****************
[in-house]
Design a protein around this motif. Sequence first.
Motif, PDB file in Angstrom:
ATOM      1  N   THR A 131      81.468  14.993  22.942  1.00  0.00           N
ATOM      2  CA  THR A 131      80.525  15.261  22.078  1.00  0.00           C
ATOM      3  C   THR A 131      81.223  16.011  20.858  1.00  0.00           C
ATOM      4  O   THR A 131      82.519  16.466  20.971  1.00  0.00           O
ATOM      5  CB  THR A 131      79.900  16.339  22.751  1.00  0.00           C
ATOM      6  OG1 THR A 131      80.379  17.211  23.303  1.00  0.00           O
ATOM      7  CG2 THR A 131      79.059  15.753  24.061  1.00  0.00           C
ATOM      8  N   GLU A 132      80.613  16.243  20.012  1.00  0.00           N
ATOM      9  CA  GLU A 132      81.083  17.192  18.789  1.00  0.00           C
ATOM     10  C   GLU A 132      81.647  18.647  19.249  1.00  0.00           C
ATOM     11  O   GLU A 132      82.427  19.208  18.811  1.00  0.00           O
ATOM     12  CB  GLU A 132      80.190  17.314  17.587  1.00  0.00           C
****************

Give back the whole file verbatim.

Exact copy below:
[in-house]
Design a protein around this motif. Sequence first.
Motif, PDB file in Angstrom:
ATOM      1  N   THR A 131      81.468  14.993  22.942  1.00  0.00           N
ATOM      2  CA  THR A 131      80.525  15.261  22.078  1.00  0.00           C
ATOM      3  C   THR A 131      81.223  16.011  20.858  1.00  0.00           C
ATOM      4  O   THR A 131      82.519  16.466  20.971  1.00  0.00           O
ATOM      5  CB  THR A 131      79.900  16.339  22.751  1.00  0.00           C
ATOM      6  OG1 THR A 131      80.379  17.211  23.303  1.00  0.00           O
ATOM      7  CG2 THR A 131      79.059  15.753  24.061  1.00  0.00           C
ATOM      8  N   GLU A 132      80.613  16.243  20.012  1.00  0.00           N
ATOM      9  CA  GLU A 132      81.083  17.192  18.789  1.00  0.00           C
ATOM     10  C   GLU A 132      81.647  18.647  19.249  1.00  0.00           C
ATOM     11  O   GLU A 132      82.427  19.208  18.811  1.00  0.00           O
ATOM     12  CB  GLU A 132      80.190  17.314  17.587  1.00  0.00           C